Fans of mountaineering and global cinema will receive a rare treat this week from one of Canada’s premier educational institutions.
The world-renowned Banff Mountain Film Festival is bringing its collection of award-winning movies to the Lyric Theatre on Wednesday. Tickets for the event, which are only available from Blue Ridge Mountain Sports located in First & Main, cost $13 in advance and $15 the day of the show.
The festival is a project of the Alberta-based Banff Centre, a not-for-profit cultural institution offering education in a wide array of areas from traditional arts to mathematical research. Each year — the 2010 Festival was the 35th iteration — nearly 300 films based around a common theme of mountains are submitted to the Banff Centre. A committee narrows the offerings down to approximately 50 to 60 films chosen to screen during the multiday event.
When the festival lights dim, Banff World Tour manager Jim Baker’s job begins. To prepare for the tour — a global event reaching more than 200,000 people in more than 30 countries on all seven continents — Baker and the Centre narrow the selections down to about 25 films offering audiences a taste of that year’s presentation.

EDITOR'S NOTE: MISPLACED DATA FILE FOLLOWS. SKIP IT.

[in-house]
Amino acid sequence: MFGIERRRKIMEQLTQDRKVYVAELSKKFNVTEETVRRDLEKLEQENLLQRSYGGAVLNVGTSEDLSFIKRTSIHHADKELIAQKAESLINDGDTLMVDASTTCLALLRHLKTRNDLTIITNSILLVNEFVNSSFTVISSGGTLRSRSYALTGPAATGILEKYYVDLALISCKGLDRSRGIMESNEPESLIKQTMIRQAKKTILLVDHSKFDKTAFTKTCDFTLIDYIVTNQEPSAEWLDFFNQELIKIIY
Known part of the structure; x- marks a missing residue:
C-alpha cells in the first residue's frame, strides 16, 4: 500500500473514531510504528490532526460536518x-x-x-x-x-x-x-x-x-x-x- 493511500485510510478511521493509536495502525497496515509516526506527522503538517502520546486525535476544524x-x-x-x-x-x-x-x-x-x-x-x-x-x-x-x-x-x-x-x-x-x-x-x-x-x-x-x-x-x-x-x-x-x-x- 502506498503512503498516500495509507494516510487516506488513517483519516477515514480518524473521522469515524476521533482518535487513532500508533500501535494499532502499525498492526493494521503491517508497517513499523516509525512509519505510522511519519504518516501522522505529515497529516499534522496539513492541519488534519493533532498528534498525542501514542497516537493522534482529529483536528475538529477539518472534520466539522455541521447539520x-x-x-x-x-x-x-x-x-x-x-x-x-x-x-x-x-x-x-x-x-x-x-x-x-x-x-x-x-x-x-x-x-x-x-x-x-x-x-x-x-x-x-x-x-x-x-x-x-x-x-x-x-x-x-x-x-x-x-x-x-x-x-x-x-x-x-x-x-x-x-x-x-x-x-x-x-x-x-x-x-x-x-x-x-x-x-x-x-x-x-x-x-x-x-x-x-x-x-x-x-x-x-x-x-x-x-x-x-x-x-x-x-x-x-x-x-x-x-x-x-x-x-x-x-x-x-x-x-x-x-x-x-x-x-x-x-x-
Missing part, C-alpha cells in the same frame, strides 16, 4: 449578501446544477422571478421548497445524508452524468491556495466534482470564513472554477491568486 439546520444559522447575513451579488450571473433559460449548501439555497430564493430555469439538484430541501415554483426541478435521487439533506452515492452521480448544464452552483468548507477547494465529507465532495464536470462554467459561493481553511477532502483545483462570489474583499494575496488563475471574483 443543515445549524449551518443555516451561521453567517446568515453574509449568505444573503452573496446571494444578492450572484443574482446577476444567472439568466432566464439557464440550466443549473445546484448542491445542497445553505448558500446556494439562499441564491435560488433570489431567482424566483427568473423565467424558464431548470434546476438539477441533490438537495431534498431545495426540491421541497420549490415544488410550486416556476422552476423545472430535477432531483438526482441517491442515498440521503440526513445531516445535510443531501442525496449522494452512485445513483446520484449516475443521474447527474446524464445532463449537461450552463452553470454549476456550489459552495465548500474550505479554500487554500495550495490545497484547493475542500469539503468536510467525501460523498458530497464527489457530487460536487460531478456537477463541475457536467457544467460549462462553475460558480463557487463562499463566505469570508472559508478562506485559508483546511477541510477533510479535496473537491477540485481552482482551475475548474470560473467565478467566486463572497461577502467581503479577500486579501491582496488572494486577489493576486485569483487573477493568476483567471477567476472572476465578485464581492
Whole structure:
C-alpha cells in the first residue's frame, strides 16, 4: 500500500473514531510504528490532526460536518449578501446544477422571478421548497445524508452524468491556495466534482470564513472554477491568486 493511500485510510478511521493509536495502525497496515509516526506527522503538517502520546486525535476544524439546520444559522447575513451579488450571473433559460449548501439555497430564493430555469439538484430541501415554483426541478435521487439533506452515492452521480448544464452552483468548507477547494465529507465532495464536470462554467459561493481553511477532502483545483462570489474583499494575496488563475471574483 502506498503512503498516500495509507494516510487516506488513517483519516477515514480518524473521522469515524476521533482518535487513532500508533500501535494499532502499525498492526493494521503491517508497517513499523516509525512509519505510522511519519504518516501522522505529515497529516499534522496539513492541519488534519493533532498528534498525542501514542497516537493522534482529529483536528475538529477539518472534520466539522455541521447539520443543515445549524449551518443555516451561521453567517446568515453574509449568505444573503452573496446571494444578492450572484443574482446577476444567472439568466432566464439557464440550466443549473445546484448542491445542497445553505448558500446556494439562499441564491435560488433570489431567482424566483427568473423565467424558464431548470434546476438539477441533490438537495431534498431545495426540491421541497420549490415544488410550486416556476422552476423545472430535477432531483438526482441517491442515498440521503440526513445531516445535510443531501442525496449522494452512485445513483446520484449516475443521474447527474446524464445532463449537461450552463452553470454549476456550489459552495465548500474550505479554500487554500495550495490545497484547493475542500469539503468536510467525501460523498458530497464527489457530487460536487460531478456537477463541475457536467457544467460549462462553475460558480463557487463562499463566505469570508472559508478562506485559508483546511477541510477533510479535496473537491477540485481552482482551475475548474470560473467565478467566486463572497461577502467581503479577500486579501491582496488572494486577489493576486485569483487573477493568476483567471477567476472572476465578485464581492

“The idea that we’re looking for is to provide the kind of diverse and wide ranging experience you can have here at the festival in a very condensed format,” Baker said.
Vans leave three days after the November festival to deliver the films to local communities. Baker said the tour is a hot commodity — the Banff Centre receives more requests for appearances than it has the ability to cater to.
Each stop on the world tour is set up by a local organizer who works with Baker and his team to prepare a show specifically tuned to the local audience’s tastes. These local organizations, like Blacksburg’s Blue Ridge Mountain Sports, generally pick five to eight of the provided festival films to screen at the event.
Baker said the titles shown at each stop vary because of the sheer diversity of films available.
“Our selection always includes a wide range of films, everything from dynamic adrenaline-fueled action sports to looks at remote cultures and traditional cultures, environmental issues, adventures, exploration,” he said.
Films provided on this year’s tour (though not necessarily playing on the Blacksburg stop) range from sporting adventures such as “The Asgard Project,” which follows three top mountain climbers in a dangerous Arctic free ascent, to human interest stories such as “Tibet: Murder in the Snow” about the controversial killing of a Tibetan nun by Chinese border police.
Baker attributes the tour’s success to the universal appeal of the subject matter.
“The films that we show, one doesn’t need to live in a mountainous place, one doesn’t need to be a climber to enjoy,” he said. “There are stories of the amazing natural world, of amazing people, of extraordinary adventures, of challenge, sometimes tragedy, sometimes triumph which speaks to anyone.”
The Lyric advises local mountaineering aficionados, cinephiles and anyone interested in a night spent on dizzying peaks looking to attend the festival to purchase tickets soon as last year’s show sold out.